One skilled in the art will recognize that the plunger, together with the top and bottom axles, in the present preferred relationship to each other, form an assembly which cause the wheels to tilt when a downward vertical force is applied to either one longitudinal side of the platform or the other.
The steering assembly comprises generally an upper ball which is rigidly affixed to the top axle at approximately the midpoint thereof, a lower ball which is rigidly affixed to the bottom axle at approximately the midpoint thereof, a floating cam disposed between the upper and lower balls, and a device, or similar, which biases the floating cam in a set position. Although many different devices, or similar, may be used to accomplish the task of biasing the floating cam in a set position, a leaf or wire spring is currently preferred.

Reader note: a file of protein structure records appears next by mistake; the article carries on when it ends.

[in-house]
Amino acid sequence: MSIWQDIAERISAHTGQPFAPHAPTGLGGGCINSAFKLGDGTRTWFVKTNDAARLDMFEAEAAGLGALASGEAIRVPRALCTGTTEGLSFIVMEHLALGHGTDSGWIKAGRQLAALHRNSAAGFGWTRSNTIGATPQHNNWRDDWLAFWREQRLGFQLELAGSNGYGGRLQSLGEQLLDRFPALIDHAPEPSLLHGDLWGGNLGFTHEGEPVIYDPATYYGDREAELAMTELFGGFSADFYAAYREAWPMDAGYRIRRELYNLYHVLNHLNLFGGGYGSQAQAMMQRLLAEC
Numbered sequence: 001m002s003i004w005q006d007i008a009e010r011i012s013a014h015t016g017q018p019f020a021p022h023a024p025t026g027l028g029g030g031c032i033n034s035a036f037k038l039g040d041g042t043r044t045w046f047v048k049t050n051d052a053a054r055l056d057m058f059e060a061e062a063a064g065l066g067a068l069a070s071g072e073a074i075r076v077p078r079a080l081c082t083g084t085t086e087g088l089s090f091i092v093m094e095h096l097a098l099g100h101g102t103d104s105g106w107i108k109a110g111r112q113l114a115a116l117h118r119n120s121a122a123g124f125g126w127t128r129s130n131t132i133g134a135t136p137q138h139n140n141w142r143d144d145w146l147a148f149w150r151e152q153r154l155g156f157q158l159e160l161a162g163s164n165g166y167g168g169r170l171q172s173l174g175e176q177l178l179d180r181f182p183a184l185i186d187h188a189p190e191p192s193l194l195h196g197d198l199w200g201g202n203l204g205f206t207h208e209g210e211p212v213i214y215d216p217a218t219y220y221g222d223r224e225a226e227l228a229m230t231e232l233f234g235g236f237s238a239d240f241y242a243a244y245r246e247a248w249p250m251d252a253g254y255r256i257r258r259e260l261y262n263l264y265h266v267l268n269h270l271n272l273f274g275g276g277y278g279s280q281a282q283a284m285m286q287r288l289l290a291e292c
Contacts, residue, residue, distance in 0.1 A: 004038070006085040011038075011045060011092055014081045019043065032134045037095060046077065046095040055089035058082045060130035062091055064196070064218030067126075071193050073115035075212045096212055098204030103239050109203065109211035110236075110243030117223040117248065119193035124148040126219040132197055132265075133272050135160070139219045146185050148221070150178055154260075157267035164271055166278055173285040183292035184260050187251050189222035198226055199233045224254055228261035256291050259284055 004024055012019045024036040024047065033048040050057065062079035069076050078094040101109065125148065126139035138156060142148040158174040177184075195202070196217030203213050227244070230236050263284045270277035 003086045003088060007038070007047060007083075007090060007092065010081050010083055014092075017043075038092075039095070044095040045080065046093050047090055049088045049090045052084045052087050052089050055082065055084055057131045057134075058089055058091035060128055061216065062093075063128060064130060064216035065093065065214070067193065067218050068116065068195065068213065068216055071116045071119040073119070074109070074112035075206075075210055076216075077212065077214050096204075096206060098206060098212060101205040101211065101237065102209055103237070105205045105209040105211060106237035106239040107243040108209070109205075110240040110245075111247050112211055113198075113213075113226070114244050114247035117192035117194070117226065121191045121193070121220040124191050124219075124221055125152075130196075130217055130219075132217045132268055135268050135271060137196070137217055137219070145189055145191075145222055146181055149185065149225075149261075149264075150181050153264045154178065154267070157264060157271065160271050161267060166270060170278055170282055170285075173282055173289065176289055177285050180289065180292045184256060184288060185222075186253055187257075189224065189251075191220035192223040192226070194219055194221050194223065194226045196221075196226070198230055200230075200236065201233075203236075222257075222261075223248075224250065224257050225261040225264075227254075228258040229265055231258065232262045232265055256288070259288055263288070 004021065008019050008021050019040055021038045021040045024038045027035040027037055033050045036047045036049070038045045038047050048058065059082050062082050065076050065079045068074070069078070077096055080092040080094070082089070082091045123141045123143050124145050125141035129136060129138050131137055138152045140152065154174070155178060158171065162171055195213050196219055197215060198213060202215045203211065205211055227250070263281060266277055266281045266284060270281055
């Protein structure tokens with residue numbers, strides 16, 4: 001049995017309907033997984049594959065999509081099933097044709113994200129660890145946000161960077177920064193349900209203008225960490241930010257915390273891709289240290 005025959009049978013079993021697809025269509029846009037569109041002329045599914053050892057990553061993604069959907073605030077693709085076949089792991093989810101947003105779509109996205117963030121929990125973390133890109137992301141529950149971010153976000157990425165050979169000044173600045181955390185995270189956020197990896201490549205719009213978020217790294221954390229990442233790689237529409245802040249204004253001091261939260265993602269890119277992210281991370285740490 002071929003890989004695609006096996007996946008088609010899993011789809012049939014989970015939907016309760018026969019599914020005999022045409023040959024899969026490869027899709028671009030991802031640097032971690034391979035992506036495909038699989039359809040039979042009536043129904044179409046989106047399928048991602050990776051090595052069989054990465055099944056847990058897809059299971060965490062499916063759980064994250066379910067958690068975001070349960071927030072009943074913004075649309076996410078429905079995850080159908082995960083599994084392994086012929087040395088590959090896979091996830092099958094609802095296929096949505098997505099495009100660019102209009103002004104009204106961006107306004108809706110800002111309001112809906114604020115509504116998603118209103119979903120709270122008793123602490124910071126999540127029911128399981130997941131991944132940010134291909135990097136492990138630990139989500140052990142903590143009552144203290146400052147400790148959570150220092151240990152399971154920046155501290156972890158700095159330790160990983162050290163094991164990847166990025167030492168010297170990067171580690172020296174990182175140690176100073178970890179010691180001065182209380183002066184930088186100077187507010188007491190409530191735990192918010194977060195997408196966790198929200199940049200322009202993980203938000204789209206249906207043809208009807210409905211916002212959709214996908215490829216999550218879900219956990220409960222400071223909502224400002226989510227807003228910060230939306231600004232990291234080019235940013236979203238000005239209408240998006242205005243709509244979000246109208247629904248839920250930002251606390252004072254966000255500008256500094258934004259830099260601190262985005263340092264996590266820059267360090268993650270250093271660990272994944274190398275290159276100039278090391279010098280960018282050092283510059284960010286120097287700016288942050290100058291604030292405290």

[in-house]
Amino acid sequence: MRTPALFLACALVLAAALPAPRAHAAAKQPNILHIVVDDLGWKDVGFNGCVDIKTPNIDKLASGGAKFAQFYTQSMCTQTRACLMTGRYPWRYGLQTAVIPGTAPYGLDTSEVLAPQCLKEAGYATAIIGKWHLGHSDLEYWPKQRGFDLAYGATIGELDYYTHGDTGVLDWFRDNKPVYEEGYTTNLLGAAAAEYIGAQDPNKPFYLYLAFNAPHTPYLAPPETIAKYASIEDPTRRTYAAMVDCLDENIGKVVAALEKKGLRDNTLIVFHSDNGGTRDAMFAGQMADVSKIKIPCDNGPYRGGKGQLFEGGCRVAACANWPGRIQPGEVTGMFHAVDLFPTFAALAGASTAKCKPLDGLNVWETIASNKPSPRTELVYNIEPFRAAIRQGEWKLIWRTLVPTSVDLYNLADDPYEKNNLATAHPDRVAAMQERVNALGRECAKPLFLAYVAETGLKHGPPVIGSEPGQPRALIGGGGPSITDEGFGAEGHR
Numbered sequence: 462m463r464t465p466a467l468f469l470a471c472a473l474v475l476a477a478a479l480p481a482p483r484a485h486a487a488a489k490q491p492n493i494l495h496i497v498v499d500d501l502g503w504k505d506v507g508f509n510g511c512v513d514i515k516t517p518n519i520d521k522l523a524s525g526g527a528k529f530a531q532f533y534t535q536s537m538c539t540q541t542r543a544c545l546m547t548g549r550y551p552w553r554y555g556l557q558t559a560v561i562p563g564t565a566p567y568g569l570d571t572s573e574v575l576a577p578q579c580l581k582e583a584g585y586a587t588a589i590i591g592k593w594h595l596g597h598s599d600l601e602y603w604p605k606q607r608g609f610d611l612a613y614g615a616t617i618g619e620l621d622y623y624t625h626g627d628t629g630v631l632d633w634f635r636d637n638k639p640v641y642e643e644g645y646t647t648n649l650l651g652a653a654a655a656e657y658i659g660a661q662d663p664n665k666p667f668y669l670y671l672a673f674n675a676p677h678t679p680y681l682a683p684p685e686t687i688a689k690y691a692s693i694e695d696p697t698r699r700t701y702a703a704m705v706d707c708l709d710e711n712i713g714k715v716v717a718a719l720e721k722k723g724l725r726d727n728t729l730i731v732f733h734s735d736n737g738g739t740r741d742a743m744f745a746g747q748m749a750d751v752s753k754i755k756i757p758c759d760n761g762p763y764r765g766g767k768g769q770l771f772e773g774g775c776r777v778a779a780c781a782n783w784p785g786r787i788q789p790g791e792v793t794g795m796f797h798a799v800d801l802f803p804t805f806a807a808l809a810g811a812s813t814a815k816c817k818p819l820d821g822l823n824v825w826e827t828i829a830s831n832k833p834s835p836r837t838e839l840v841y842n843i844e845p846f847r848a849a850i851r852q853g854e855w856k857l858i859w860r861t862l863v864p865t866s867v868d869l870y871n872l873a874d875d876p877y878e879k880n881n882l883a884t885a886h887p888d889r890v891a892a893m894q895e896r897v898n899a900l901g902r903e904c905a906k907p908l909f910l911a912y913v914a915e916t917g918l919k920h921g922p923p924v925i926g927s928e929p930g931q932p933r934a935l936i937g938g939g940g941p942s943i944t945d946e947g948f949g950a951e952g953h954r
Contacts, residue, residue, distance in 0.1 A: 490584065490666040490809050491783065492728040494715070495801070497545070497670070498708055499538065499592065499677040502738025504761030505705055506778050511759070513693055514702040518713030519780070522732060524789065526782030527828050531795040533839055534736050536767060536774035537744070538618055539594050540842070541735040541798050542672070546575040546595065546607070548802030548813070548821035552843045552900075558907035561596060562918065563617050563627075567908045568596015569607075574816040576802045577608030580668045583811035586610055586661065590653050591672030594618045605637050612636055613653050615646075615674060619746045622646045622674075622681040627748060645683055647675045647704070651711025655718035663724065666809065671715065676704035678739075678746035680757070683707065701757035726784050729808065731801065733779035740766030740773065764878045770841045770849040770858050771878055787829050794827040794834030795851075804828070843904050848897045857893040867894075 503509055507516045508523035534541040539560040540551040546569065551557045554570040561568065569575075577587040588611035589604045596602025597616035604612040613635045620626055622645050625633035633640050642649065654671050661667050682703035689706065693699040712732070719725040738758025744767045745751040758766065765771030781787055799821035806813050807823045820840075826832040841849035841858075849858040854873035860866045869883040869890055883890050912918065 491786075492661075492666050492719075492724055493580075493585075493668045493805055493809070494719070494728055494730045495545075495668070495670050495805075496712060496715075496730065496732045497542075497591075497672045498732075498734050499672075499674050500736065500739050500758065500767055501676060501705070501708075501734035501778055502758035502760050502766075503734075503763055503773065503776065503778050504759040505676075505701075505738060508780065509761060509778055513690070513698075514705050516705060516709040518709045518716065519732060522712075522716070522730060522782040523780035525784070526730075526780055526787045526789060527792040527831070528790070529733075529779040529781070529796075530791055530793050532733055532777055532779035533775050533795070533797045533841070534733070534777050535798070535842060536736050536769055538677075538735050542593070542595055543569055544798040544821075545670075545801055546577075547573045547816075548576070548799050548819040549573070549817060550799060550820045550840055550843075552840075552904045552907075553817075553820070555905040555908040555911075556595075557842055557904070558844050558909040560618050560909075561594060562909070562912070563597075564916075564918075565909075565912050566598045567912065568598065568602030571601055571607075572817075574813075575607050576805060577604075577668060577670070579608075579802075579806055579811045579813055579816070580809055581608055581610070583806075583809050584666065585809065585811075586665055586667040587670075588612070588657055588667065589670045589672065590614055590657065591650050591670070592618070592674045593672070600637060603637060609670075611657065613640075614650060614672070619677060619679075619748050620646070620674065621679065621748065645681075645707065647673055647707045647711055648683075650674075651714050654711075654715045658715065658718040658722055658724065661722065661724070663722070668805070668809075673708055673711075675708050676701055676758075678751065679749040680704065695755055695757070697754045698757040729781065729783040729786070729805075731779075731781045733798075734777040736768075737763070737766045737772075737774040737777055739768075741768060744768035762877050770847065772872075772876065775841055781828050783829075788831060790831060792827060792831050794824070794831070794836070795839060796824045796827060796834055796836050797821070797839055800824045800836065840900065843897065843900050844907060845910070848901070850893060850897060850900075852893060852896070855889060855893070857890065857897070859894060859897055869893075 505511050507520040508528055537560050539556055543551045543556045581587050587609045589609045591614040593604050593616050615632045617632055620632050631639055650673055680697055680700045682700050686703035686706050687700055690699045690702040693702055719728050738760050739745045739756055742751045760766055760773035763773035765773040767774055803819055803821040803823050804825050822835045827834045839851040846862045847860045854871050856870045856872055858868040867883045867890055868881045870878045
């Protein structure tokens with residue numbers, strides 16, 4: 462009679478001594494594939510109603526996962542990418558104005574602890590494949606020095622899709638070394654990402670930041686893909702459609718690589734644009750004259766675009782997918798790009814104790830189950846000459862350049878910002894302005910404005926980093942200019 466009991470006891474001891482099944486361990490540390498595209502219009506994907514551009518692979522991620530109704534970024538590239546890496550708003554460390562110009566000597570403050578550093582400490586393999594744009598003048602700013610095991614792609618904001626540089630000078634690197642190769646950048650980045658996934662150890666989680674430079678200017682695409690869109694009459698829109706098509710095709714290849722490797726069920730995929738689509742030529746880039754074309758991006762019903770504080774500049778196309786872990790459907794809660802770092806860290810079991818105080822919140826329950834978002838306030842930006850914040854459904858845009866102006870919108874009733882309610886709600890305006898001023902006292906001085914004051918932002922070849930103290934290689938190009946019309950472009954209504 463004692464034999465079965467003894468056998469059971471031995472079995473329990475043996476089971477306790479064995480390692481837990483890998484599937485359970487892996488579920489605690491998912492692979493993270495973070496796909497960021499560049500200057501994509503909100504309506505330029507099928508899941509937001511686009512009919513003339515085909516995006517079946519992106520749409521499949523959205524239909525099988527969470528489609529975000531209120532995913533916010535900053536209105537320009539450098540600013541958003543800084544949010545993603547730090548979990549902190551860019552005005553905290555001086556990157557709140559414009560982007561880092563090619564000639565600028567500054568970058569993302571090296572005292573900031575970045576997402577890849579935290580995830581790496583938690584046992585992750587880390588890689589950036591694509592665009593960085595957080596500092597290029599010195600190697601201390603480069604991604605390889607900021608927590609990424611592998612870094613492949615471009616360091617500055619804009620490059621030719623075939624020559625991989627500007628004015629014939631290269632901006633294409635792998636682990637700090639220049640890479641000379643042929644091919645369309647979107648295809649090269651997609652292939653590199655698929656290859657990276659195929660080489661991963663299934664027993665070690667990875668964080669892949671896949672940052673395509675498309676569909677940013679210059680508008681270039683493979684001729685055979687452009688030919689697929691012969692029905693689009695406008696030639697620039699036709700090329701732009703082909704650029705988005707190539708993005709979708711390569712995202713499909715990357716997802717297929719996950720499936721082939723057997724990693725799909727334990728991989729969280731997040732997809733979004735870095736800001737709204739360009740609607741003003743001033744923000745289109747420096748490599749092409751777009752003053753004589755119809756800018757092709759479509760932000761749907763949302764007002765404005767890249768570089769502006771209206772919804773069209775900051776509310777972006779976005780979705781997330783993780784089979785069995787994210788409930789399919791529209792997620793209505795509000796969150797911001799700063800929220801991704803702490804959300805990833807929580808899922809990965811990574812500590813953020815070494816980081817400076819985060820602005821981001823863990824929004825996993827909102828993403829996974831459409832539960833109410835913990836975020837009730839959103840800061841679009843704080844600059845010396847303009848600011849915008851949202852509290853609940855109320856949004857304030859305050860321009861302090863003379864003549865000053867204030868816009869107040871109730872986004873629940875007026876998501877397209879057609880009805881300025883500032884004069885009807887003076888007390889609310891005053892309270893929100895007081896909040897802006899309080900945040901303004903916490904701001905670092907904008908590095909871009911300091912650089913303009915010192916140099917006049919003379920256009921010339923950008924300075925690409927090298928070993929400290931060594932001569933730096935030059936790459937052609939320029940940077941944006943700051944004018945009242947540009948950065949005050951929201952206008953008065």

The floating cam advantageously has a plurality of curved surfaces. Also, each of the preferred balls includes a roller, the roller on the upper ball extending downwardly and the roller on the lower ball extending upwardly, such that both rollers rest on a portion of one of the curved surfaces on the floating cam. In this preferred position, the two rollers are directly opposite each other on opposing curved surfaces.
Advantageously, the plunger has a hollowed cylindrical shape, and thus may encase the entire steering mechanism. This provides added protection and strength to the steering assembly.
The hinged connection of the ends of the wheels to the axles is preferably accomplished by means of a quick release mechanism. Such a mechanism may be formed by an aperture in each wheel which includes a plurality of nipples and a locking mechanism for locking the nipples in a set position, and a plurality of recesses disposed in the ends of the axles into which the nipples can be inserted.